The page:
Politics and pain: Nic Green’s performance is an artful exploration of rhetoric and deceit.
Following the launch of The Bridge, a venture capital-funded space helmed by Nicholas Hytner, Alice Saville asks why London’s new theatres are looking to the past, not the future.
Edward Albee’s play is “a wonderfully complex exploration of the boundaries of sexual freedom”.
A muddled adaptation of Leonora’s surrealist novel in Peckham’s new theatre space.
‘The Privileged’ uses a furry polar bear suit to confront racism head on. Alice Saville chats to Jamal Harewood about audience reactions, game theatre, and his new performance ‘Word’.
Nina Segal’s play about violence shows how the internet turns us all into our own worst nightmares.
“There’s a huge culture of people from working class backgrounds feeling inadequate within the arts.” Catherine Hoffman explains how shame keeps people powerless, and how her performance as ‘Stench Wench’ comes clean about class.
Joan is a fiercely brilliant, drag king take on medieval history. Alice Saville chats to its creator Lucy J. Skilbeck about queer politics, Milk Presents, and why theatre should follow drag’s lead.
Joe Hill-Gibbins strips away Shakespeare’s moonshine and magic, and replaces it with an awful lot of mud.
There’s a long history of same-sex romance between women being exploited as a male fantasy. Naomi Westerman talks about rejecting the male gaze, and her new play Puppy.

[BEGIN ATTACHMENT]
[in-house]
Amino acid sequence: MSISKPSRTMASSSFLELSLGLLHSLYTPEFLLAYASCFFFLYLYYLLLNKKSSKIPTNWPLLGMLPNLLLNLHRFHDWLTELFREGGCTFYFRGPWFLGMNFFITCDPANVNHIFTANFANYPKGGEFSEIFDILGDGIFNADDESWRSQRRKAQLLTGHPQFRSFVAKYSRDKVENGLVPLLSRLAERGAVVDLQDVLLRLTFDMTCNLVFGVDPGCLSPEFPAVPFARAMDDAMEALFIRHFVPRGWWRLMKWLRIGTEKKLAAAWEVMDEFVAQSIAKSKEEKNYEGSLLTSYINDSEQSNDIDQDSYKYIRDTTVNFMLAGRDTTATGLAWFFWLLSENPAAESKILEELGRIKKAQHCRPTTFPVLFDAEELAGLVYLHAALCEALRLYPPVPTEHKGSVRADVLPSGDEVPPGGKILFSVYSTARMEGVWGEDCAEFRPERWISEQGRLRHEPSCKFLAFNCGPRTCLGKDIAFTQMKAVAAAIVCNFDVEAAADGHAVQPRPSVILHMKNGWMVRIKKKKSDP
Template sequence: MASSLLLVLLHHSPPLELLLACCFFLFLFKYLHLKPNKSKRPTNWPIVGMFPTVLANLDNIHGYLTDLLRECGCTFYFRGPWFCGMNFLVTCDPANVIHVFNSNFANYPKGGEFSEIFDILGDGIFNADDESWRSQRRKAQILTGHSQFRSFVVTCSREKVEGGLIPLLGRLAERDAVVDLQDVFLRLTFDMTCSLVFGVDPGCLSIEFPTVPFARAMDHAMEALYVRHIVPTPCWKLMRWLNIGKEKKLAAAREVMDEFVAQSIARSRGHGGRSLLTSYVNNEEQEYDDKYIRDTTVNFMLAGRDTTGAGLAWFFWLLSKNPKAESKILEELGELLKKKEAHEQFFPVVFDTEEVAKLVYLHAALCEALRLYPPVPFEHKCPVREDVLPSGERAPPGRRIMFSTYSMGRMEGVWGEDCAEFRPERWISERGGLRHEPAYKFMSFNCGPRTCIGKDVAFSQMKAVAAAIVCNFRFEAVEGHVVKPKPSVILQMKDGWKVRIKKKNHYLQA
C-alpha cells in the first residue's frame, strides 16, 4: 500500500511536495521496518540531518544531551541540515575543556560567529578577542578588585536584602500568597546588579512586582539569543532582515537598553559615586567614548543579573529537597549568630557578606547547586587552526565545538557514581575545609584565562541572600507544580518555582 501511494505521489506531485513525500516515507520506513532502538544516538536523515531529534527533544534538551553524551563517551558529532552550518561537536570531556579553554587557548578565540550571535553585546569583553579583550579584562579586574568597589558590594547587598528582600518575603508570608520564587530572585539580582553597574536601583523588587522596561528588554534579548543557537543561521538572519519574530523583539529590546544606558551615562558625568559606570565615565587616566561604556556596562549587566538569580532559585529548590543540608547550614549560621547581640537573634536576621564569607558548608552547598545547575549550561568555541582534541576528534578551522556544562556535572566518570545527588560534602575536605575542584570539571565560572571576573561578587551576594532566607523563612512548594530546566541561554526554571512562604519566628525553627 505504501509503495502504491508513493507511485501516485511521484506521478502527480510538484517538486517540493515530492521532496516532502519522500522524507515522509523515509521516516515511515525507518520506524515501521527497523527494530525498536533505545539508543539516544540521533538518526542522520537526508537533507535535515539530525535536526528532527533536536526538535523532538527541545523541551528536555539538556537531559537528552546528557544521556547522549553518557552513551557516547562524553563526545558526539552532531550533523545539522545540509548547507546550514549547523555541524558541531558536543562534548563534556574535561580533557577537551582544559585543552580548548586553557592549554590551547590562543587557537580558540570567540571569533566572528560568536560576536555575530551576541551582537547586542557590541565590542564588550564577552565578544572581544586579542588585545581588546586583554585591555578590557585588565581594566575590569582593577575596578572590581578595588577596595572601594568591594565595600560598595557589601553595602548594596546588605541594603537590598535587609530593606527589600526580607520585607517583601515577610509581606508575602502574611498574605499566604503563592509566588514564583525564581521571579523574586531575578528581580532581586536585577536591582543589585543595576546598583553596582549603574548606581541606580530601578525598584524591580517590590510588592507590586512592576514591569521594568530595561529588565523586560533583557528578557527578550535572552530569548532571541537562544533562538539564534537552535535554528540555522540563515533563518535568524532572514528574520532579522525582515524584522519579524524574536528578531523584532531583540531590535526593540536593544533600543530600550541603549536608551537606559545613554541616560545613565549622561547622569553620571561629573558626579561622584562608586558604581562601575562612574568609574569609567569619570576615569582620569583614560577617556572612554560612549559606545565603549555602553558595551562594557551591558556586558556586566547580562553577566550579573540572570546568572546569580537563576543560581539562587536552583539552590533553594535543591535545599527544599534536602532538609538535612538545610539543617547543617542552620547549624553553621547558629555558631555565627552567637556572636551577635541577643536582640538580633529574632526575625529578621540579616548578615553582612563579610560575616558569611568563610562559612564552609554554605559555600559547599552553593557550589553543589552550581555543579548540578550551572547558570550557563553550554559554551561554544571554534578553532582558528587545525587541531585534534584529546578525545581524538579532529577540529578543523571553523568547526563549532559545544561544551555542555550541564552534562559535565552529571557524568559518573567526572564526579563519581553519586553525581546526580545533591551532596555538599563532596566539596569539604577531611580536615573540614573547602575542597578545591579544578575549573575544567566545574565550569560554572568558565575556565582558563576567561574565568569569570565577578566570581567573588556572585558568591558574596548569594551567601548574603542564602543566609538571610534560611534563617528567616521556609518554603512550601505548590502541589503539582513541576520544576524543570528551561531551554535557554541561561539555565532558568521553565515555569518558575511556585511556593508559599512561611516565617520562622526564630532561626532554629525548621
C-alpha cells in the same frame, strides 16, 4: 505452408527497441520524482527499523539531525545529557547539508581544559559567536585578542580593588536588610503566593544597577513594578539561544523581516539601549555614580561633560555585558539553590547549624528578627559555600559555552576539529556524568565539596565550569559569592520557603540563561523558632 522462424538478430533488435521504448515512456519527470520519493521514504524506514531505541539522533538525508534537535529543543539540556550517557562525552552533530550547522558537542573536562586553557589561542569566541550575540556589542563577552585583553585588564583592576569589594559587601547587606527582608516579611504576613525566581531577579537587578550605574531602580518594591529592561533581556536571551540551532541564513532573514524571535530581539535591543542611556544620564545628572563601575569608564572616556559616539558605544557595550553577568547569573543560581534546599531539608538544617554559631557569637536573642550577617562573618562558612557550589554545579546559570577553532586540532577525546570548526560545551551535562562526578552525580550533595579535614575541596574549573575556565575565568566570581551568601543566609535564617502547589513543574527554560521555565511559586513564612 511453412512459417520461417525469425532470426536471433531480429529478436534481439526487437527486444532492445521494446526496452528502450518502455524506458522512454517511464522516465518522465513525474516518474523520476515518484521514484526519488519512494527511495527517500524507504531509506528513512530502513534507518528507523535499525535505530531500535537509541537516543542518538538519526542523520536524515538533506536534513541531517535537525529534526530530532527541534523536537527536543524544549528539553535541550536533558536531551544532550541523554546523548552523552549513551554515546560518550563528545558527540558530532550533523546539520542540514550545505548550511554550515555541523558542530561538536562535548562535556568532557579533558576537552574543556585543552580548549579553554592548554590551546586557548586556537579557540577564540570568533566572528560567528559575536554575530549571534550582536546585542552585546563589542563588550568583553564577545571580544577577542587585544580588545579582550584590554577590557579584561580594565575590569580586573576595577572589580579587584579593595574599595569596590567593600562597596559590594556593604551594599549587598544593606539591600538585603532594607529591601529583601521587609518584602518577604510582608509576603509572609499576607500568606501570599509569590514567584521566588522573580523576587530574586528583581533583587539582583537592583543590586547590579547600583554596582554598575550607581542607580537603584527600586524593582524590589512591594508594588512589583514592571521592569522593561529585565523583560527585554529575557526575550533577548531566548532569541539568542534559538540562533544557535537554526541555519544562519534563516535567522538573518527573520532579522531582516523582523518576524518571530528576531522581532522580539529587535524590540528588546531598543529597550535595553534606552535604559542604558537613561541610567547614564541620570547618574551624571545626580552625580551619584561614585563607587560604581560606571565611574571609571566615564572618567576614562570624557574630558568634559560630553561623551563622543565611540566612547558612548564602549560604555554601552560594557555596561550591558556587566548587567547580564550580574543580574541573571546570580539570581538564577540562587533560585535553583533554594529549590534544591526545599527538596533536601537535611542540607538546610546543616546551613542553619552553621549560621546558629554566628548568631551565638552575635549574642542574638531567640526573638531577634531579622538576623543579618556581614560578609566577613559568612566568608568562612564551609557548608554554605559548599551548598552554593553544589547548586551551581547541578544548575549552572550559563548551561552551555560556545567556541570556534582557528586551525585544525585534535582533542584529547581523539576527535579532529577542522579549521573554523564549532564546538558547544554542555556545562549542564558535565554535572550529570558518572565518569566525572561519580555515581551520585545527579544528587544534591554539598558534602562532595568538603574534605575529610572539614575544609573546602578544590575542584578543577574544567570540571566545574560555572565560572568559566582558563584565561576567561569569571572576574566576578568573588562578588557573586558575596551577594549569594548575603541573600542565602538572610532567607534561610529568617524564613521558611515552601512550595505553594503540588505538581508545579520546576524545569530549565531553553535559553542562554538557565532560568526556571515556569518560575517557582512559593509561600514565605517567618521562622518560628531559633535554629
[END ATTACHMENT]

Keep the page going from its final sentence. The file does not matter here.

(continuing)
Scottee’s new show Bravado is an unsparing look at his relationship with masculinity. Here, he looks at confessional performance, self care, and asks “Must all working class artists bleed for their supper?”
As cinema, TV broadcasts and online streaming offer more and more ways to watch performance, Alice Saville asks why the theatre world is so slow to embrace the potential of film.
An experience filtered through memories: Alice Saville reviews the transfer of John Tiffany’s The Glass Menagerie to the West End.
The novelist and critic John Berger died at the beginning of this year. Here, Richard Turney explores his work’s “porous and fertile border” with the theatre world, and his influence on Chris Goode and Simon McBurney.
Playwright and passionate Doctor Who fan Tim Foley argues that it’s time that sci-fi in theatre came of age, ahead of his post-Brexit dystopia Astronauts of Hartlepool.